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Strategic Command Missions Rely on Space

By Maj. John Paradis, USAF
Special to American Forces Press Service

OMAHA, Neb., Sept. 29, 2003 – Applying the operational experience gained during the global war on terrorism to flesh out the use of space forces in theater operations is one challenge facing the new U.S. Strategic Command as it observes its first anniversary Oct. 1.

"Space is essential to everything we do," said Adm. James O. Ellis Jr., STRATCOM commander.

Ellis spoke Sept. 4 at the Strategic Space 2003 conference, a first-of-its-kind gathering of the aerospace industry community, NASA representatives and senior leaders of America's military space community.

Last year, the Defense Department built a new unified command by combining the missions and strengths of U.S. Space Command and the former U.S. Strategic Command. Since that time, the new STRATCOM reorganized its headquarters while providing critical support, including space operations, to U.S. Central Command for the war in Iraq, Ellis said.

Space support covered the entire landscape of Operation Iraqi Freedom and provided a level of precision that gave coalition forces the ability to not only understand first but to act first as well, said Ellis.

The command, however, can't rest on its laurels, said Ellis. He said the command will now strive to further refine its support to the nation's warfighters.

Only by integrating the command's aggregate strengths will STRATCOM bring its entire range of global capabilities -- space, missile defense, planning, communications, information operations, kinetic and nonkinetic strike, and intelligence -- and ensure the U.S. military stays one step ahead of any adversary, he said.

A kinetic attack is one using weapons that rely on energy -- blast, heat and fragmentation, for example -- to cause their damage. A nonkinetic attack might involve electronically disabling an enemy's computers and communication equipment.

Ellis said coordinating the application of the command's vast capabilities and providing a single source for space-based capabilities that cuts across military and space boundaries is vital.

In previous operations, space support has been applied when and where needed, but required too much time and effort by a theater commander to synchronize, Ellis said.

"Until now, theater support in our mission areas has been supplied a la carte," the admiral said. "It's like single riders from a frontier cavalry troop arriving simultaneously, or nearly so, from all points of the compass at the same time."

STRATCOM now is uniquely positioned to help plan and support an effort to combine military and national security space operations, Ellis said, adding that streamlining chains of command and avoiding duplication in space operations is one of the command's key priorities.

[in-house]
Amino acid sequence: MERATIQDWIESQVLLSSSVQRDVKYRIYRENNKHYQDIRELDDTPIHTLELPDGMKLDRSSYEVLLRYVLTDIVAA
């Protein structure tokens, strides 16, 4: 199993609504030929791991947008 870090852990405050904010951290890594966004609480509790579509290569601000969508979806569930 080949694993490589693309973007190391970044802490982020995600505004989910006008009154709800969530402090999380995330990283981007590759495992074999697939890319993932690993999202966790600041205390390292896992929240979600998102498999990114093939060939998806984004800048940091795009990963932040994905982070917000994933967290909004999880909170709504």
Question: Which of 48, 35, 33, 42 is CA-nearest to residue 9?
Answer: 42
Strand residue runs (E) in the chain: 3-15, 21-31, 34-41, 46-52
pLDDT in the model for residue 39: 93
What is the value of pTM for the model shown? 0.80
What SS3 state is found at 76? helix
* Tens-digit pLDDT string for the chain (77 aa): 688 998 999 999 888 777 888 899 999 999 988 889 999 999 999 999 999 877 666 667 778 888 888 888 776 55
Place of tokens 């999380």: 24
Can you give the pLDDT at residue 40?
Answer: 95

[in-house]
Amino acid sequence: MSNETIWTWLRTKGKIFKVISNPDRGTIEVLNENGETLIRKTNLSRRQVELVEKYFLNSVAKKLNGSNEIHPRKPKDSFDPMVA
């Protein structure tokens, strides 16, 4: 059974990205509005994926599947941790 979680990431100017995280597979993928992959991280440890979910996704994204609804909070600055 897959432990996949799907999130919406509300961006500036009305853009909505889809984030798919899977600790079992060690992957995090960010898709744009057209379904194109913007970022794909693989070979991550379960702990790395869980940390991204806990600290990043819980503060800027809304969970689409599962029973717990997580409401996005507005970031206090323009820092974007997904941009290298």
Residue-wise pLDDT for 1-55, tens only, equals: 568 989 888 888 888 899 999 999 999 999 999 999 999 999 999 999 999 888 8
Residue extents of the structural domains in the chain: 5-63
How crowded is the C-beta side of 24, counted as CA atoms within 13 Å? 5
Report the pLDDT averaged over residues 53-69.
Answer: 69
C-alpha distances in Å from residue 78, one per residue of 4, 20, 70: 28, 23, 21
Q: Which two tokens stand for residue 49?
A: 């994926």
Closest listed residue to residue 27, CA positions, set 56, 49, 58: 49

"Our vision must be a unified cavalry capable of a coordinated charge," said Ellis. "That means our professionals plan, train and execute side by side with regional warfighters so they are ready to deploy forward when called upon to bring unique STRATCOM capabilities to bear."

Ellis was one of several military space leaders who addressed the three-day conference. Speakers throughout the conference noted that the U.S. assault on Baghdad, the fastest advance in military history, would not have been achieved without space-based systems.

Space capabilities often are transparent -- even to those who depend on them, they said. Global positioning information, for example, allowed coalition forces to fight during sandstorms and take out military targets with minimal impact on civilians.

U.S. forces were able to use the Global Positioning System to deliver munitions within minutes of receiving intelligence data, said Air Force Lt. Gen. Thomas Goslin Jr., STRATCOM deputy commander.

"Only a space-faring nation can gather real-time data on any location on the globe, translate that data into information, then make rapid decisions to act with speed and precision," said Goslin.

The tracking and positioning of ground forces -- both friendly and adversary -- rely on space-based systems, said Gen. Lance W. Lord, commander of Air Force Space Command.

"A day without space in the life of the U.S. Army is a day we're not going to be very happy about the outcome," said Lord.

(Maj. John Paradis is assigned to U.S. Strategic Command public affairs.)

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